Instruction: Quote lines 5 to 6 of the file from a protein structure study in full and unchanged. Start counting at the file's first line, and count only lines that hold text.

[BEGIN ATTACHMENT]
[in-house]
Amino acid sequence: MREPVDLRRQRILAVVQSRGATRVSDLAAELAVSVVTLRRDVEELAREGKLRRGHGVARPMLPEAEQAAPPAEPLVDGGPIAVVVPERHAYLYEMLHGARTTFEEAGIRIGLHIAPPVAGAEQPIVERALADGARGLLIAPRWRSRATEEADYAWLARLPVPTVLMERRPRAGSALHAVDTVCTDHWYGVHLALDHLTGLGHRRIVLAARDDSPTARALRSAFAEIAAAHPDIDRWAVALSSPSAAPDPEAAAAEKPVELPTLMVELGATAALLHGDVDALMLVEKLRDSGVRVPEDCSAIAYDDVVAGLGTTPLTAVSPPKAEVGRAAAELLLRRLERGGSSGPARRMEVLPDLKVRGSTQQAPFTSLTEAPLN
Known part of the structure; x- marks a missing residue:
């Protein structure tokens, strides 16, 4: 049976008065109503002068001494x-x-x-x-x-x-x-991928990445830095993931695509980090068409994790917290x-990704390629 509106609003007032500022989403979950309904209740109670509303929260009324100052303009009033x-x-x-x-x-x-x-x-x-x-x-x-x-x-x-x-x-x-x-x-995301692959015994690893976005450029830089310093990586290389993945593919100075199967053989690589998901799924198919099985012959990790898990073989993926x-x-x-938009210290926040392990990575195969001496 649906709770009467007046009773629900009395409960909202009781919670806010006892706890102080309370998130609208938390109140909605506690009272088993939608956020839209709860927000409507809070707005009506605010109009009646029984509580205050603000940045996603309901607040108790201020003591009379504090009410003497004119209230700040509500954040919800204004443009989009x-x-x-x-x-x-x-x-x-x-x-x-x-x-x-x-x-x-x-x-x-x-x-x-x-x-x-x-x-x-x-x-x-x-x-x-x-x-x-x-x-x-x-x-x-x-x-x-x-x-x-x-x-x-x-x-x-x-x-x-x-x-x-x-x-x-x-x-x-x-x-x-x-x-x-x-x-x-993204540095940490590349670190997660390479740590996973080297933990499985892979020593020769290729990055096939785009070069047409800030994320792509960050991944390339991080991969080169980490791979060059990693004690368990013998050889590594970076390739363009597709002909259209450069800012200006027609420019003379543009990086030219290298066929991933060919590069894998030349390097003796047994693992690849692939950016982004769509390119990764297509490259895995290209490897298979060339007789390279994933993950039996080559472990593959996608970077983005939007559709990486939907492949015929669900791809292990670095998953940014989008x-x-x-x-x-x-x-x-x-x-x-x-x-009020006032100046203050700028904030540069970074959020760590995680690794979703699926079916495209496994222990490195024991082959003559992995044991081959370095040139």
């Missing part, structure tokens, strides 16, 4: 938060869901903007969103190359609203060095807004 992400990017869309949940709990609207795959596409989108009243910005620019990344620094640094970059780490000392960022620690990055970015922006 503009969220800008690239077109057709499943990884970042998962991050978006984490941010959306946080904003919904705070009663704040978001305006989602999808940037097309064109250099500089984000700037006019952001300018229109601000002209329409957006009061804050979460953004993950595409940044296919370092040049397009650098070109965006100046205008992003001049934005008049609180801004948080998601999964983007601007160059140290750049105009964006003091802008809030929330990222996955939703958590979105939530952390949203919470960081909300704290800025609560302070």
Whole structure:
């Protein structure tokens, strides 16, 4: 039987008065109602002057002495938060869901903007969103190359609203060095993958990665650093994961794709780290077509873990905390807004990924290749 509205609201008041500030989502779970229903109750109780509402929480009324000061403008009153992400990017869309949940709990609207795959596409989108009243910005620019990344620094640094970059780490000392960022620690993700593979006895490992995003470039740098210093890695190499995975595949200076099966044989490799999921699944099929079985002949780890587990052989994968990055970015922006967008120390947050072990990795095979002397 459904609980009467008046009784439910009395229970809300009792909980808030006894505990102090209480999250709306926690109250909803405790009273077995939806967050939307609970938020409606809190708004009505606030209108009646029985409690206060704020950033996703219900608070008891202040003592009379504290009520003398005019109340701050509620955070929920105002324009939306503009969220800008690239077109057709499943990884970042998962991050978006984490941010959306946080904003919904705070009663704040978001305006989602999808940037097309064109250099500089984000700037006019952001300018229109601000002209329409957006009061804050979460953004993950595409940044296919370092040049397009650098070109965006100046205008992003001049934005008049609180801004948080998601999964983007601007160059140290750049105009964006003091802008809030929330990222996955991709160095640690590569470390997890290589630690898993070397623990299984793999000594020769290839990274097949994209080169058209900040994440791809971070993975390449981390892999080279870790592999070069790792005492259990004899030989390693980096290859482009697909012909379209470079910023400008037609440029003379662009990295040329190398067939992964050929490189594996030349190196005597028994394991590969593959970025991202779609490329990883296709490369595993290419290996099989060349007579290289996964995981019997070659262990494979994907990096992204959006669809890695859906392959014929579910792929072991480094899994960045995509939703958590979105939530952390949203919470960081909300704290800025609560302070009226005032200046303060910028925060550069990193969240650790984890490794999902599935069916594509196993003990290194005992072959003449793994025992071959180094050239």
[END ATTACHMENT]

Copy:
């Missing part, structure tokens, strides 16, 4: 938060869901903007969103190359609203060095807004 992400990017869309949940709990609207795959596409989108009243910005620019990344620094640094970059780490000392960022620690990055970015922006 503009969220800008690239077109057709499943990884970042998962991050978006984490941010959306946080904003919904705070009663704040978001305006989602999808940037097309064109250099500089984000700037006019952001300018229109601000002209329409957006009061804050979460953004993950595409940044296919370092040049397009650098070109965006100046205008992003001049934005008049609180801004948080998601999964983007601007160059140290750049105009964006003091802008809030929330990222996955939703958590979105939530952390949203919470960081909300704290800025609560302070």
Whole structure: